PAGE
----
It is rare in Mark’s Gospel for Jesus to be called ‘Lord’ – a title of authority. Yet, on almost every page of his Gospel Mark raises the issue of Jesus’ authority and affirms by various means that his authority is absolute.
The first explicit mention of the term ‘authority’ comes in 1:22. Mark explains that the astonishment of the Capernaum crowd at Jesus’ teaching arises from his ‘authority’. In some way this distinguishes his teaching from that of the local scribes and sets him apart. Exactly what it was about Jesus’ teaching that identified this quality as unique is not explained here. However, as the narrative develops we can probably affirm that it was the prophetic note, his ability to interpret the First Covenant, the call to follow him, his claim to be "Son of God" and to speak for God, and his conflicts with the religious leaders. When Jesus taught, people heard the voice of God as never before.
Jesus expresses his authority through his actions. Immediately after Mark’s editorial comment (1:22), Jesus is challenged by a man "an an unclean spirit" (vs.23). Presumably the demon is reacting to Jesus’ teaching. He senses a serious threat to his work and accuses Jesus of planning "to destroy us" (vs. 24), fearing Jesus’ special position as "the Holy One of God". With a word Jesus commands the demon to release the man and to the surprise of the crowd, the demon obeys! Right before their eyes convulsions contort the man and his screams fill the synagogue, followed by human normalcy. The buzz among the crowd grows as they debate what kind of authority Jesus must have to compel the obedience of demons. They had never seen a spiritual battle resolved like this!
Throughout Mark’s Gospel Jesus demonstrates his authority both through his teaching and his actions. Many challenge his authority – religious leaders, Peter, demons, Herod, Satan – but in every case Jesus’ authority proves stronger, weightier, and more powerful.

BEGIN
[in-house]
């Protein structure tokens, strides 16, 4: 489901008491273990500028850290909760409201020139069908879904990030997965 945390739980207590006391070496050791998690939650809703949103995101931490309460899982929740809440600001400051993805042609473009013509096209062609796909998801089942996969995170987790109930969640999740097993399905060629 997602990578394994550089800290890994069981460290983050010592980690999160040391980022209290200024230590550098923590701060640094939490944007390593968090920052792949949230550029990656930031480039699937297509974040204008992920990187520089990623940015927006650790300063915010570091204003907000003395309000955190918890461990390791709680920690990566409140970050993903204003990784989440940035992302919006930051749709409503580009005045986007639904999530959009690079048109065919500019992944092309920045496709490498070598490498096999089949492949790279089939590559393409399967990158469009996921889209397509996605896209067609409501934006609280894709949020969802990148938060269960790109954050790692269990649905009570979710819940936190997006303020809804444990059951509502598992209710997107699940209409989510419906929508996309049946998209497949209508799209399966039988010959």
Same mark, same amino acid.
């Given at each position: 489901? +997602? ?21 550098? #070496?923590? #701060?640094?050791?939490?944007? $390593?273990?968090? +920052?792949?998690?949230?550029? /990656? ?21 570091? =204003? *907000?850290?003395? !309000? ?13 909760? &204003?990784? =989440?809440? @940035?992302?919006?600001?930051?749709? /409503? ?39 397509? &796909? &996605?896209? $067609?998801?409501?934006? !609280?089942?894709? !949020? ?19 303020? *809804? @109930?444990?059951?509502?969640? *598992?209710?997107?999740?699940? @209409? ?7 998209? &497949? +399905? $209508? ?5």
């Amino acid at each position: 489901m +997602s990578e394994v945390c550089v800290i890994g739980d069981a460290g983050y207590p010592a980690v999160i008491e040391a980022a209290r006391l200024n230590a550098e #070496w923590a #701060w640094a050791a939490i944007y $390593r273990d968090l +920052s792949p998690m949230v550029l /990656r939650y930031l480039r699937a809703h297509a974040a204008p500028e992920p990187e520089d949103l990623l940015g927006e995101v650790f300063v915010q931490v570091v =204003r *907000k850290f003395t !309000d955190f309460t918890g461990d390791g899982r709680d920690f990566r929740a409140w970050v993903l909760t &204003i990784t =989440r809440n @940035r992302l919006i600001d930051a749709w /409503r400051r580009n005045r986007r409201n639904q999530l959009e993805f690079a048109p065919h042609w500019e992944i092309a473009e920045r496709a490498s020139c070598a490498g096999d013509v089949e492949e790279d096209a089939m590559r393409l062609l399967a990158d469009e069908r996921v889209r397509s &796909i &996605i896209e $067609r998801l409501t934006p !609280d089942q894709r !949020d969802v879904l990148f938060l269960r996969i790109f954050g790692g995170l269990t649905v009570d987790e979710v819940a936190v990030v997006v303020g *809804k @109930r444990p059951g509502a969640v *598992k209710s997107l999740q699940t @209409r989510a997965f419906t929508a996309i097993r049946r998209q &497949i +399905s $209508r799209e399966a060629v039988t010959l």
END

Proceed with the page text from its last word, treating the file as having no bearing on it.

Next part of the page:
How does Jesus’ authority intersect with our lives today? Does he still have power to drive away demons? Do his teachings fill us with astonishment because of their authority? Are we drawn to follow him because he speaks for God? Do we resist, claiming that our authority is greater or wiser or more effective? Does our astonishment at his authority cause us to spread the word to others about his ability to control evil and give us God’s truth?
In Jesus’ last great sermon in Mark (13:31) he announces that his "words shall never pass away". We today need his authority to bring peace and order into our lives. Thank God that He decided to show us so clearly His authority and allow us to benefit from its powerful blessing.
- read Mark 4:1-20 and place yourself within the various responses to Jesus’ authority. Does anything need to change in your response to Jesus’ authority today?
- determine one specific way in which you will conduct your life under Jesus’ authority today.